COSTA MESA, CA – It’s not that new sales prospects aren’t important to a car dealership. They are, says Tom Dobry, vice president-marketing for dealership chainInc.
It’s just that existing customers, with whom a store already has an existing business relationship – are more important, he says.
A lot of dealerships, including some Lithia stores, have been topsy-turvy on that point, as they inordinately chase new customers.
“We’re trying to turn it around,” Dobry says.
That’s why Lithia is experimenting with a new loyalty marketing campaign that targets existing sales- and service-department consumers.
Lithia is a big operation, with 187 franchises and $3.2 billion in total revenue last year. It is No.9 on the Ward’s Dealer Business MegaDealer 100.
It has 1.3 million customers in its data base. It would strain the marketing budget to try to reach them all by mail.
So Lithia crunches numbers to determine who are the 100,000 sales customers and 100,000 service customers most likely to buy again.
Those people receive periodic mailings telling them about new products, incentives, specials, financing offers and such. Recipients are encouraged to call or mail back filled-out forms expressing their interest.
“We communicate with them about four times a year,” Dobry says at this year’s ENG Customer Relationship Management conference here. “Any more is too much. You can wear customers out with a lot of mailings. But if they opt in and say they are in the market, the communications increase.”
CRM software and dealership-management systems are used to track the program. It is still in trial-and-error stages. Lithia is testing different messages to see which get the most lift.
More money and effort is spent on marketing to occasional customers as opposed to those who regularly patronize Lithia dealerships.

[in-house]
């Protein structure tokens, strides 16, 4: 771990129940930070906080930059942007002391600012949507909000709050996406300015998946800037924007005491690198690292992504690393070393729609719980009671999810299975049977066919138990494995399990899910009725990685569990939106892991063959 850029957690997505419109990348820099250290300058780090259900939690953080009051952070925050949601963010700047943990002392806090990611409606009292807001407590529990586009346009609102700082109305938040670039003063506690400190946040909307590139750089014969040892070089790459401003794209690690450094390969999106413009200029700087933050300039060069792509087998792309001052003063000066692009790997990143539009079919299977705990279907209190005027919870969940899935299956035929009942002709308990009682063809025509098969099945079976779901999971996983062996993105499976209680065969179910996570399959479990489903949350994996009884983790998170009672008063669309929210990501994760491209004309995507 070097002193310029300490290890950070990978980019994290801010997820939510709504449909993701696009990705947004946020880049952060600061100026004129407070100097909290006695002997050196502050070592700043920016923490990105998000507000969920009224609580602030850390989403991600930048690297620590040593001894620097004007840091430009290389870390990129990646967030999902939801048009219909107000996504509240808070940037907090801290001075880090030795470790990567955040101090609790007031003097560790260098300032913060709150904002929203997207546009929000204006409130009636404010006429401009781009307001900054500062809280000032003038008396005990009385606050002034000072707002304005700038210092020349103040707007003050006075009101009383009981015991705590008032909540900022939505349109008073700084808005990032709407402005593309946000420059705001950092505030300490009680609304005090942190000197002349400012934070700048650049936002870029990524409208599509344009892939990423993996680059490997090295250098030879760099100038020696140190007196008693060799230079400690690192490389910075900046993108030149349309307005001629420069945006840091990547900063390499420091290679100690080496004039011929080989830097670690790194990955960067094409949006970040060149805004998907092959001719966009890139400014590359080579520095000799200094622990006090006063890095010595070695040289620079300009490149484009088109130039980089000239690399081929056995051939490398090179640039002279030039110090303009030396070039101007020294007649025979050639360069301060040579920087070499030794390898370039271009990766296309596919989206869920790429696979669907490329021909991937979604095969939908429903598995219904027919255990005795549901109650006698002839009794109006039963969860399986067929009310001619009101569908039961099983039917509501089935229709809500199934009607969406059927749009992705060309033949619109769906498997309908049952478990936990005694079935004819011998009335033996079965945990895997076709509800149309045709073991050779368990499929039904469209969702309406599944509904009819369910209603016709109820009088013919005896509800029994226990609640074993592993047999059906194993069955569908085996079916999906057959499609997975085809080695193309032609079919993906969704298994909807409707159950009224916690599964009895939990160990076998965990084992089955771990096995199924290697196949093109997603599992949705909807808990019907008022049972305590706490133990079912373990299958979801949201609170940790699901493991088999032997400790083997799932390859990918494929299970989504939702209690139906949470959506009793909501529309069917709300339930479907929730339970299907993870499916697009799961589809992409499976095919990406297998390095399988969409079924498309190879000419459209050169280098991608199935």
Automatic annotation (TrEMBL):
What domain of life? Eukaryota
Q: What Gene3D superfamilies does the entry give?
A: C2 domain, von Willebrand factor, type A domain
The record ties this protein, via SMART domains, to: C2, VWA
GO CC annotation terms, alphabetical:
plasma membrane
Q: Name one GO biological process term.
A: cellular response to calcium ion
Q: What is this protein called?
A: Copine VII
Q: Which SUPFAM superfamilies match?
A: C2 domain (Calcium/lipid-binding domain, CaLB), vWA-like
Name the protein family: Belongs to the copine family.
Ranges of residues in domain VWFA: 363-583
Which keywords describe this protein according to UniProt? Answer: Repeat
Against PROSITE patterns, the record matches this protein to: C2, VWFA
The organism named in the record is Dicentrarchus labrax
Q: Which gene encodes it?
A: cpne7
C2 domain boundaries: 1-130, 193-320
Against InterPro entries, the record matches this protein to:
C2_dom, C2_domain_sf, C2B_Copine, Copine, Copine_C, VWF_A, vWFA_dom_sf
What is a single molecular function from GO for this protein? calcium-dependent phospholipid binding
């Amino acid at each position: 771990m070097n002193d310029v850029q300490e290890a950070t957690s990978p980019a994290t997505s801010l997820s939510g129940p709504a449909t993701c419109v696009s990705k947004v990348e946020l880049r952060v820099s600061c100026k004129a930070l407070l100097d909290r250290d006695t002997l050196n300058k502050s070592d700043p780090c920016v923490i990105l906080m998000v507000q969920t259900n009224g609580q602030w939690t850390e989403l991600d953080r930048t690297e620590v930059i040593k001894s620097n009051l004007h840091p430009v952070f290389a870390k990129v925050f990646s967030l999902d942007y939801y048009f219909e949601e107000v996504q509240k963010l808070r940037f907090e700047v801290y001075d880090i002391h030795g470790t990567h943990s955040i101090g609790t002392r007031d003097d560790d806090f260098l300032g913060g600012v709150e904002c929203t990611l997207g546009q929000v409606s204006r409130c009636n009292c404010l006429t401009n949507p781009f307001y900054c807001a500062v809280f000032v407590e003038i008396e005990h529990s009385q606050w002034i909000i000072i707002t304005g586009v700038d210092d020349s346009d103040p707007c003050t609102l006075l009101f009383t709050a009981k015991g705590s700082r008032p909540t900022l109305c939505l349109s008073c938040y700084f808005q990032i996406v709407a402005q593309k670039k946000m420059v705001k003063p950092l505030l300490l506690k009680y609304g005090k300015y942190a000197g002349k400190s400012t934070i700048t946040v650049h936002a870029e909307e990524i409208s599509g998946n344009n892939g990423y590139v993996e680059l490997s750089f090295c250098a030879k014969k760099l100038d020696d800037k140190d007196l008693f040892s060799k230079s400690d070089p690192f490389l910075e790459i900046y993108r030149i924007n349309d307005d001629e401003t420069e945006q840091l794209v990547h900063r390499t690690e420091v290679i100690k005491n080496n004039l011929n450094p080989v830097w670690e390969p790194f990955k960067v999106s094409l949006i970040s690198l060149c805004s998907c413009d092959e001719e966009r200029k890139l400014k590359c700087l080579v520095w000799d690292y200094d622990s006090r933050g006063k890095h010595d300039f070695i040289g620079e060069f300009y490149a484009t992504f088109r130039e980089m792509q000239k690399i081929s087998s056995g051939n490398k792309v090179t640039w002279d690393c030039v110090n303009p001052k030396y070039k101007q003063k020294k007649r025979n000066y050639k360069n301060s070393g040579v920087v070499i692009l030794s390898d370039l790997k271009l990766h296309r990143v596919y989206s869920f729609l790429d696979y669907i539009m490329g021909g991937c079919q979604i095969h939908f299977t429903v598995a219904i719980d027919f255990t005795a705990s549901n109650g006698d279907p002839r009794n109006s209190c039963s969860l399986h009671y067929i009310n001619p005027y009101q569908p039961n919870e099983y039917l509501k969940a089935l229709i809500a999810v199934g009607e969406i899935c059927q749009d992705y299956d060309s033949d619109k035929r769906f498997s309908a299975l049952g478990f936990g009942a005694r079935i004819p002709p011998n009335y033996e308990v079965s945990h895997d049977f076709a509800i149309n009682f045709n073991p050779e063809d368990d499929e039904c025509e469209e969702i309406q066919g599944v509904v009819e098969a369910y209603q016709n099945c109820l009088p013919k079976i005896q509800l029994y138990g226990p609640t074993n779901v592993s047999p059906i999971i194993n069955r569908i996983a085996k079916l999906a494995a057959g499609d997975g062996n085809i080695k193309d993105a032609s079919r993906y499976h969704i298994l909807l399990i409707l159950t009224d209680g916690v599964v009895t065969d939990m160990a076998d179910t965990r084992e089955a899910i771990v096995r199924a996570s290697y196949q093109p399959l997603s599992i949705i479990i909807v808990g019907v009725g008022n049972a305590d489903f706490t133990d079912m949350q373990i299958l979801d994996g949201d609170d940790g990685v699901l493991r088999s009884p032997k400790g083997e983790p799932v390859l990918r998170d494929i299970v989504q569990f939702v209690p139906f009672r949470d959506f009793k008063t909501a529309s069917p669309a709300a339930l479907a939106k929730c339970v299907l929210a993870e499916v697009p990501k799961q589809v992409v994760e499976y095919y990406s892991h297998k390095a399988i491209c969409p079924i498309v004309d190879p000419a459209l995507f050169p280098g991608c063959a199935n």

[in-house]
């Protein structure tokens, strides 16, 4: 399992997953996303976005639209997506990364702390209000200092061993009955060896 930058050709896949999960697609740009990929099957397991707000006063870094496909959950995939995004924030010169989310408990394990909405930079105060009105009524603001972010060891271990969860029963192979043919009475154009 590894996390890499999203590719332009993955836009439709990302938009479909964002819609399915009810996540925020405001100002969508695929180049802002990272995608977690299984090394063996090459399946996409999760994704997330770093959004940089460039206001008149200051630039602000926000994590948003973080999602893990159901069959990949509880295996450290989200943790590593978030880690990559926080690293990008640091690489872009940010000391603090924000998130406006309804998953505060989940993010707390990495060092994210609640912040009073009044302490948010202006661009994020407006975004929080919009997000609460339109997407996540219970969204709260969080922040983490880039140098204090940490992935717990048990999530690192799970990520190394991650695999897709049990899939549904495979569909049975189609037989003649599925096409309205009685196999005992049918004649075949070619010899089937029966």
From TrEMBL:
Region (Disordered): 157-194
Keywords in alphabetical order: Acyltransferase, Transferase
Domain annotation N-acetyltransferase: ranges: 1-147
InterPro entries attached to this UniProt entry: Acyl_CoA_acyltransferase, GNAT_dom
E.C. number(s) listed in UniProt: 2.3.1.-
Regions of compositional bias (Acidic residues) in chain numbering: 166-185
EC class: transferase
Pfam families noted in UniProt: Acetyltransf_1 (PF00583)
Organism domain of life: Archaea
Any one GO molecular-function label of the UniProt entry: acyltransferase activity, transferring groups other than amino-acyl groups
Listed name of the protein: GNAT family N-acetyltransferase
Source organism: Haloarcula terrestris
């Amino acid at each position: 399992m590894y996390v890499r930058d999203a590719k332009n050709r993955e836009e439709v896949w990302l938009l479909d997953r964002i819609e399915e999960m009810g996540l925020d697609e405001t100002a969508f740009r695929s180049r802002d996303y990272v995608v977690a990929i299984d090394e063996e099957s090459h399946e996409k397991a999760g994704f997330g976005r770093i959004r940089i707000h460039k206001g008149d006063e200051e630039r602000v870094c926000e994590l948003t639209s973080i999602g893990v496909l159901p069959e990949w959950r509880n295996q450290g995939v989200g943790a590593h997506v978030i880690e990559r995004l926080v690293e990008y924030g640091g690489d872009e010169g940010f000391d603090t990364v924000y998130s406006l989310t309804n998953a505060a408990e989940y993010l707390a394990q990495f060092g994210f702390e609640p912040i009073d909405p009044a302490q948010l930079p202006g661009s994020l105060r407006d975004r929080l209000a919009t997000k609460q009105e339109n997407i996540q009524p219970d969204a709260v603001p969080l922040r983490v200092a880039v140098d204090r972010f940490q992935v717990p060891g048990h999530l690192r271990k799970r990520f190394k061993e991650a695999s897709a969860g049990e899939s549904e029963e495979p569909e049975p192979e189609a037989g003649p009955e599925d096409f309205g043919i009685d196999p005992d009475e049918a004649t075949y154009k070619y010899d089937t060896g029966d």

“We spend more money on ‘struggling’ customers than we do on great customers that will be coming in anyway,” says Dobry, an advertising industry veteran who worked with Dodge and Saturn dealers on customer-focused efforts.
Early results of Lithia’s customer-loyalty program are encouraging, he says. “We’ve seen a 60% sales lift and a 22% service lift vs. a control group.”
Not all Lithia stores are part of the program, and there were a few snags. “In hindsight, we should have done it regionally, not just dive in,” Dobry says.
Store personnel are trained to follow up and track leads from the marketing campaigns.
“We tell our people not to worry about other stores, focus on pushing your own scores up,” says Dobry. “If customers fill out forms indicating they’re in the market, we forward that to stores as hot leads. If customers say they are unhappy about something, we follow up on that, too.”
It sometimes is hard to get customers to admit to being somewhat dissatisfied, he says. “They’ll often say, ‘Yeah, I’m satisfied; just get this guy out of my life.’
“If they say, ‘I’m not 100% satisfied,’ we can say, ‘What part were you unhappy with?’ It is easier to identify people who are abjectly unhappy than those who are sort of unhappy.”
Staff training includes emphasizing that loyalty programs don’t necessarily produce immediate results.
“We are changing compensation plans so that customer loyalty factors in,” Dobry says. “Most people who sell cars are short-termers, not planners. We’re trying to show the value of looking forward. It’s more a cultural change than a process change.”
He adds: “It feels more real if we can say to sales people, ‘Five of 10 customers you sold to came in because of the owner communications program.’”
Lithia’sstores are exempt from the in-house effort. That’s because BMW of North America LCC has a similar customer-contact program. “Is better than ours,” Dobry says.
Auto makers helped fund Lithia’s program with co-operative advertising funds. But the allocations can be erratic. “We scratched our heads when one manufacturer approved co-op money for one of our stores, but not another,” Dobry says
Lithia would like to use emails to conduct the marketing campaigns. That would eliminate postage costs. But Lithia’s data base of customer email addresses is lacking.
“We haven’t done a good job of collecting emails, even though the more emails you collect, the more your marketing costs go down,” Dobry says.